Preparation: 40 minutes
Cooking: 17 minutes (excluding stock)
Serves: 4 people
100ml (scant ½ cup) olive oil
1 oven-ready rabbit, boned and cut into 30g (1oz) pieces (reserve the bones)
3 sprigs of thyme
1 small sprig of rosemary, leaves picked
2 cloves garlic, finely chopped
1 dried ñora pepper, stalk and seeds removed, coarsely crumbled
1 tomato, halved, seeded and grated, skin discarded
1kg (2¼lb) snails, purged and cooked, shells discarded
100ml (scant ¼ cup) good-quality sherry vinegar
1 teaspoon Spanish sweet smoked paprika
400g (2 cups) bomba or other shortgrain rice
1 litre (4¼ cups) Rabbit Stock
½ teaspoon saffron threads, toasted and pounded salt and pepper
For an extra-fine texture, use a 51-cm (20-inch) paella pan.
Preheat the barbecue or grill. Make sure that the paella pan is completely level to ensure that the paella cooks evenly. Heat the olive oil in the paella pan over medium-high heat or by positioning the pan close to the heat source. Sauté the rabbit with the thyme, rosemary, garlic and ñora pepper until the rabbit is browned all over, then take out the thyme, rosemary and garlic so that they do not burn. Push the meat towards the edge of the pan and add the grated tomato to the centre. Cook, stirring until starting to thicken and reduce, then add the snails and sherry vinegar. Finish reducing the tomato over low heat by removing some embers from underneath the pan or by positioning it far enough from the heat source for the contents to cook very gently. Add the paprika and cook for a few seconds more, stirring together all the ingredients thoroughly.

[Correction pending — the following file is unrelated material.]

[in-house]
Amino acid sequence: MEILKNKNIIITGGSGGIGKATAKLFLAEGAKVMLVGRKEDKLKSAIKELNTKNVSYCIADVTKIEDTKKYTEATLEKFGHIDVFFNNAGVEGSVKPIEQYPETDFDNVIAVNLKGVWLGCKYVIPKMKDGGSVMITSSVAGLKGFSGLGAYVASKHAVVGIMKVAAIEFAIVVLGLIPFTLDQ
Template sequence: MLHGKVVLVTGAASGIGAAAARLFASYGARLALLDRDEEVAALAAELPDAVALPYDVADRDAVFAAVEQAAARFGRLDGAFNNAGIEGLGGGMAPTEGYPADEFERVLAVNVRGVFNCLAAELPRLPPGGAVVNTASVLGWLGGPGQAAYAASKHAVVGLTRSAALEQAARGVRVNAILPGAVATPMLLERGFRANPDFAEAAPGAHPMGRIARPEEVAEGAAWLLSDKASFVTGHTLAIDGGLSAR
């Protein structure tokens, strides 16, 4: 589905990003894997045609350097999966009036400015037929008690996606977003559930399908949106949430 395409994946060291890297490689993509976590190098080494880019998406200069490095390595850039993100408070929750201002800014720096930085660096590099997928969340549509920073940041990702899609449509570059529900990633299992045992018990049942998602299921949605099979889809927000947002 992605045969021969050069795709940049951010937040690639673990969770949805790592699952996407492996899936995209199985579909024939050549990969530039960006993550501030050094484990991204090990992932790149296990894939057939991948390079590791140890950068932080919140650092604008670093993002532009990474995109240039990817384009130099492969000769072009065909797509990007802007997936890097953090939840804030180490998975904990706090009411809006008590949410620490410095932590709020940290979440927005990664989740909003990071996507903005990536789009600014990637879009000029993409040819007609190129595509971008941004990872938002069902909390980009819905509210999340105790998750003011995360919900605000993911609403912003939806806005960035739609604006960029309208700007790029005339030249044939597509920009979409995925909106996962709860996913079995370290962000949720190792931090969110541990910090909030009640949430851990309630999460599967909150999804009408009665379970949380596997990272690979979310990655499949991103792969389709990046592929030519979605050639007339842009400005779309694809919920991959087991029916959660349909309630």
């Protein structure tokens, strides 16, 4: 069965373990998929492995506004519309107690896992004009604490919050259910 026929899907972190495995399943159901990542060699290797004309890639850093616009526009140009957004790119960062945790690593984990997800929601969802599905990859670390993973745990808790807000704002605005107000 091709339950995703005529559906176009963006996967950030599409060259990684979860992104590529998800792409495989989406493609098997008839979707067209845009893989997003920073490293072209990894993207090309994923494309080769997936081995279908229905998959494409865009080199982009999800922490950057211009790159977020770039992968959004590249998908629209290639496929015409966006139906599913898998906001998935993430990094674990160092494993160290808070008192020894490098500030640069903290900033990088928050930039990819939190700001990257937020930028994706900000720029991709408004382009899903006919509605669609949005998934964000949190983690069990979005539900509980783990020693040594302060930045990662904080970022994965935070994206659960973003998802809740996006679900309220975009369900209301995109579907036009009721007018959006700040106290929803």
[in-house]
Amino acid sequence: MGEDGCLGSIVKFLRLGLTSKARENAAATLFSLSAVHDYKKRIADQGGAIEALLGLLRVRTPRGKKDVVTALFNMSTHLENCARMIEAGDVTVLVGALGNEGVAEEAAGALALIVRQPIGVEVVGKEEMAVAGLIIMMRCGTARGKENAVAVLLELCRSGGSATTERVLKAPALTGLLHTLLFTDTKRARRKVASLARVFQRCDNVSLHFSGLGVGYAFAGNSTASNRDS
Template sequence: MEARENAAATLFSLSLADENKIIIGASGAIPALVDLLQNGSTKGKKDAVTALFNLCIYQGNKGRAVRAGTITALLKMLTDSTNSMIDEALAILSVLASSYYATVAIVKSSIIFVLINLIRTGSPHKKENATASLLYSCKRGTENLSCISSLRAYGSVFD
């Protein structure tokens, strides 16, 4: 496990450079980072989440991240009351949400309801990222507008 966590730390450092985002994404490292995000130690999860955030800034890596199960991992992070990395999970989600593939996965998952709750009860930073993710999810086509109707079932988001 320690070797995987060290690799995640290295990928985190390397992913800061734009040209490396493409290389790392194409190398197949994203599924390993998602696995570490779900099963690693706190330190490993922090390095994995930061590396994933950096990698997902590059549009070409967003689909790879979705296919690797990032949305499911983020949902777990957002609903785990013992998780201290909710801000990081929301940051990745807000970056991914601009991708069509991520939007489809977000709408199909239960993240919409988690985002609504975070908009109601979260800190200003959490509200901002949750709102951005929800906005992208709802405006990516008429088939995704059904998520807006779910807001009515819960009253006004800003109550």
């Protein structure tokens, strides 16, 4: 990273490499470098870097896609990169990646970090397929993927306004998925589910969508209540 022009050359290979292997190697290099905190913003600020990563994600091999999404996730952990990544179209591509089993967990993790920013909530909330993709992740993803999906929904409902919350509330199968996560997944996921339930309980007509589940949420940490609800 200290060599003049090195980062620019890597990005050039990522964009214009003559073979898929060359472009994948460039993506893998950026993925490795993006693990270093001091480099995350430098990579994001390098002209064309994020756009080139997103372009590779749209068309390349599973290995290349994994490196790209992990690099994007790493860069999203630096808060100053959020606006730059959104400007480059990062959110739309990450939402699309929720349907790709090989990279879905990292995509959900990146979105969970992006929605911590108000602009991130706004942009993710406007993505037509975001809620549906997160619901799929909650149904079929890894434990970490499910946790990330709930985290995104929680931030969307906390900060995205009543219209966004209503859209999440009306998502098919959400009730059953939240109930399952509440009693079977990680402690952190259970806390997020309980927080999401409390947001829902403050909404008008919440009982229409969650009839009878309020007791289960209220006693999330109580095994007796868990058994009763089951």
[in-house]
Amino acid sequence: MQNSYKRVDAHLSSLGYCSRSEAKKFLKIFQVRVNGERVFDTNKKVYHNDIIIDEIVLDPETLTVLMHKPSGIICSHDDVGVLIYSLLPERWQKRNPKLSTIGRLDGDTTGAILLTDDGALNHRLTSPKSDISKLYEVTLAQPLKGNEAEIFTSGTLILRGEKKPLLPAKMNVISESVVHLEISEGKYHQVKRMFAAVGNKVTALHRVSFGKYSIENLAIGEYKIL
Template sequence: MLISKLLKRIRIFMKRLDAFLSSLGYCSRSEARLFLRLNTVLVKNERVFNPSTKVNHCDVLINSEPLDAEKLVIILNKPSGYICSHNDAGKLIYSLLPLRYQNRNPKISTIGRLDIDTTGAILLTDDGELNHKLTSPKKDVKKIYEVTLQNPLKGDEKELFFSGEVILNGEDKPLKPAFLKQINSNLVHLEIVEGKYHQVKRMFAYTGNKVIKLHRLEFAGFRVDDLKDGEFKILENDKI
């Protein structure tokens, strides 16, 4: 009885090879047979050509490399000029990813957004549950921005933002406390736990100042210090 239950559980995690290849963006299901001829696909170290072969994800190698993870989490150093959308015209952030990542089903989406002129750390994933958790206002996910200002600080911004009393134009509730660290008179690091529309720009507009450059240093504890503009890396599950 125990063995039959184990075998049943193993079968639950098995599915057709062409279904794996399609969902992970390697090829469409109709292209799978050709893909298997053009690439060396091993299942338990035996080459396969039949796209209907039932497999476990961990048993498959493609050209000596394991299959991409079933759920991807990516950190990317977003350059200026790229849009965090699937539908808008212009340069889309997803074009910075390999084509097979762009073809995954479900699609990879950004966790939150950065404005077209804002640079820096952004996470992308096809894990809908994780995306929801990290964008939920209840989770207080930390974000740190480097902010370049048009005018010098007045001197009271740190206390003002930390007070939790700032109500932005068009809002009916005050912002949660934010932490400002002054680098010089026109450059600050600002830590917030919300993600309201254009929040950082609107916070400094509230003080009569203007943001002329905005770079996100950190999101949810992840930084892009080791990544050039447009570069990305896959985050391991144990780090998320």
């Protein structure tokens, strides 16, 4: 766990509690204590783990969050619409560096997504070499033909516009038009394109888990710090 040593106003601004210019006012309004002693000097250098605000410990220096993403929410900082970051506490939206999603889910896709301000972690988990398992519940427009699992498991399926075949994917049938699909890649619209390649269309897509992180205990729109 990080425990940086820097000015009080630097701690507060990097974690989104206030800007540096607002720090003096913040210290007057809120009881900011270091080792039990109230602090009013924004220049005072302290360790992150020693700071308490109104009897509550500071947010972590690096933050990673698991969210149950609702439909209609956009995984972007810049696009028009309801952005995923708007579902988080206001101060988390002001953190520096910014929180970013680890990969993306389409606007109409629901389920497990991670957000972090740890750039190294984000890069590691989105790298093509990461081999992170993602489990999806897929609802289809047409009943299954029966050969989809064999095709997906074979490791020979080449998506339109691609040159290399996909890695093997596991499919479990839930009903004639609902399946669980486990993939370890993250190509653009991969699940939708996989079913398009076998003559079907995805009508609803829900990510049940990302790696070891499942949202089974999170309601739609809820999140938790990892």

Add the rice and sauté for a few minutes, stirring with a wooden spatula, until thoroughly coated and translucent; do not allow to burn. Add the hot stock. Taste and season with salt. Arrange the rice and other ingredients attractively in the pan. They will stay where you put them until the paella is served – from now on, the rice should be left to cook undisturbed.
After 5 minutes, reduce the heat by removing some embers from under the pan or raising the trivet or grill rack so that the pan is further away from the heat source (or by moving the pan to a cooler part of the barbecue or grill). As soon as the rice rises to the surface, reduce the heat again so that the paella cooks very gently.
Finish cooking the rice, allowing all the remaining stock in the pan to evaporate. Taste to check whether the rice is cooked: it should be tender but still very slightly firm to the bite. If it is a little too firm, cover the paella with a clean, damp dish towel for 2–3 minutes to finish cooking. If it is much too firm, sprinkle a few tablespoons of hot water over the surface of the rice and continue cooking until the rice is tender. Allow to rest for 3 minutes before serving.
If you want to make a socarret, or crust on the bottom of the pan, remove the dish towel and place the pan directly on the embers or over the hottest part of the barbecue for 2 minutes. A thin layer of rice will stick to the bottom of the pan; the texture will be crunchy, with no trace of bitterness. Remove the pan from the heat and serve immediately.